nPB as a Carcinogen: Frequently Asked Questions
Also known as 1-Bromopropane and n-propylbromide, nPB is an organobromine compound that’s widely used as a solvent in several industries. nPB works great for the right applications, but it has a major downside: its reputation as a human carcinogen and a cause of other health problems in those who regularly apply it. To help educate our customers on solvent selection, we take a look at some of the most commonly asked questions regarding nPB as a carcinogen.
What evidence shows that nPB is a cancer causing agent?
The National Toxicology Program (NTP) considers nPB to be “reasonably anticipated to be a human carcinogen” [NTP 2013]. This assessment is based largely on animal studies in which rodents developed cancers of the lung, large intestine, and skin after being exposed to nPB in the air (i.e., nPB as a hazardous air pollutant). Evidence for nPB as a carcinogen is extrapolated from these studies and “anticipated” to have the same effect in humans.
How much nPB exposure does it take to cause cancer?
The effect of nPB as a carcinogen varies considerably based on factors in the work environment (e.g., the presence or lack of an air filtration system), the user’s genetic predisposition to cancer, and the form in which nPB is used (e.g., as a degreasing solvent in a sealed parts washing system or as an open-air aerosol). Consequently, total avoidance of nPB is the safest policy.
Beyond cancer, what chronic health conditions can nPB cause?
According to OSHA’s hazard alert for nPB, nPB exposure “can damage the nervous system, [with neurological effects appearing in the form of] headaches, dizziness, loss of consciousness, slurred speech, confusion, difficulty walking, muscle twitching, and/or loss of feeling in arms and legs [Ichihara et al. 2012]. These effects may continue among affected persons even after exposure to 1-BP has ended.”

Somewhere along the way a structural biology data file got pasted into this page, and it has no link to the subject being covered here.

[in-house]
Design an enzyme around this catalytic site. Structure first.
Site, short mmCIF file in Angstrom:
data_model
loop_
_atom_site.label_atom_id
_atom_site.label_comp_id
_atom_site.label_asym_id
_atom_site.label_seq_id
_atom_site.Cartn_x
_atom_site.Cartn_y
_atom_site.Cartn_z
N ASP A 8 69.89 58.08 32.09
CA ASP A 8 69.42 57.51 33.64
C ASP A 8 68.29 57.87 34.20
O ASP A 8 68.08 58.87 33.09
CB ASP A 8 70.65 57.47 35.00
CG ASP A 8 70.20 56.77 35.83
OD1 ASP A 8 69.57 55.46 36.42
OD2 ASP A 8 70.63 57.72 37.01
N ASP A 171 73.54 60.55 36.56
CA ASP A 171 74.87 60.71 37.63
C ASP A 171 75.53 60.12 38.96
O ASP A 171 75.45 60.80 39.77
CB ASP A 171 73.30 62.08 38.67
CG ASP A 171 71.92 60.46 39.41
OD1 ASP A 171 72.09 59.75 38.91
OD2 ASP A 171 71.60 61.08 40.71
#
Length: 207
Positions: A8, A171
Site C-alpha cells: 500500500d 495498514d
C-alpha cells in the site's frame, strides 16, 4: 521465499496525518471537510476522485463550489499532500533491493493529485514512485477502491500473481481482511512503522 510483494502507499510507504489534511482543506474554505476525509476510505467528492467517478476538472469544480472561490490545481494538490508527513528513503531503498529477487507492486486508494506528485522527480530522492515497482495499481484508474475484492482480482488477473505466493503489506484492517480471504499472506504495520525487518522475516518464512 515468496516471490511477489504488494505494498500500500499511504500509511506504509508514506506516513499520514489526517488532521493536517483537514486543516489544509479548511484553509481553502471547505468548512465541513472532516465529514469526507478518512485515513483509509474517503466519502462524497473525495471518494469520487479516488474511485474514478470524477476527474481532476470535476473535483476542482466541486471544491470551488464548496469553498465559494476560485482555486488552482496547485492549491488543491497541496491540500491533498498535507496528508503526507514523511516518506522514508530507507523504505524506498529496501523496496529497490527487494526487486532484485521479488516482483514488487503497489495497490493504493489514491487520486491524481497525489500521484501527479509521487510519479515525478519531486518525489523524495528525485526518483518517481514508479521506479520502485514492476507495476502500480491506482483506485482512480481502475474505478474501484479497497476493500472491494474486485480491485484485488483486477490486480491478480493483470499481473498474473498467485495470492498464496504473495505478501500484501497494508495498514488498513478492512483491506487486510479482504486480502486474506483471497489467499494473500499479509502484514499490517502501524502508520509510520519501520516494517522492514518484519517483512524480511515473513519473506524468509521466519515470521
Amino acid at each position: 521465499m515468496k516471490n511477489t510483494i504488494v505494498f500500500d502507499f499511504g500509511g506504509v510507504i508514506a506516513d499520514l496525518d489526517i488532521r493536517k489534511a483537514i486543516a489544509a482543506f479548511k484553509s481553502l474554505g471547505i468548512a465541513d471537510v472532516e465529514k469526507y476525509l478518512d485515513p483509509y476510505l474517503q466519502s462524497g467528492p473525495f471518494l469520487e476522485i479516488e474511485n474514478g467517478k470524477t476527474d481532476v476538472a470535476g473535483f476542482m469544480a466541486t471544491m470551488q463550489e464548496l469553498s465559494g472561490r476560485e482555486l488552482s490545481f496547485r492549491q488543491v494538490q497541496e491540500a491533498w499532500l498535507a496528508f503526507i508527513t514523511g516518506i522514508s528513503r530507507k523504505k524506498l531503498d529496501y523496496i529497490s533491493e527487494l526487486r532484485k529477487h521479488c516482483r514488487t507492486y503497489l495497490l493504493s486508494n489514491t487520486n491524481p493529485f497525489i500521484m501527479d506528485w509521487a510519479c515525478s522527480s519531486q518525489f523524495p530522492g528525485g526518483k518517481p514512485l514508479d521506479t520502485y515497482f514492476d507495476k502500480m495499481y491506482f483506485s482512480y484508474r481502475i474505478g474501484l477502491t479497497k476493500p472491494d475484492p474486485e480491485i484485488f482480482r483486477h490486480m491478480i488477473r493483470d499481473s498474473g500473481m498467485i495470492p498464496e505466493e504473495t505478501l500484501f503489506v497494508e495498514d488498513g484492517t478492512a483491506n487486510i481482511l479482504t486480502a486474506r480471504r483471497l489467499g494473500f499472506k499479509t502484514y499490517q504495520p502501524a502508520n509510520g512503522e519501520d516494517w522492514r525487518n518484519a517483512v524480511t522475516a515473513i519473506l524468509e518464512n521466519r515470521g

Will nPB be added to the EPA’s list of hazardous air pollutants?
Considering that the NTP now considers nPB to be an anticipated cause of cancer in humans, there is a good chance that the compound will eventually be placed on the Environmental Protection Agency’s (EPA) official list of hazardous air pollutants (HAPs) — also know as the agency’s “list of lists” — that are regulated for commercial and industrial use.
Does Ecolink offer nPB replacements that have the power of nPB?
Yes. We offer a selection of solvents that can serve as drop-in replacements for nPB solvents. In addition, we can create custom formulated solvents that match your unique requirements while still delivering at least the same efficacy of the nPB carcinogen solvents they replace. In some cases, you can implement a safer solvent that delivers even more power than nPB.
By replacing nPB with a safer solution, your company or organization does more than protect workers; it also protects its financial well-being by decreasing the likelihood of workers compensation claims and chemical injury lawsuits. To get started on choosing a replacement for nPB, call us today at (800) 563-1305, or use the contact form on our website. We look forward to helping you implement a safer, eco friendly solvent solution.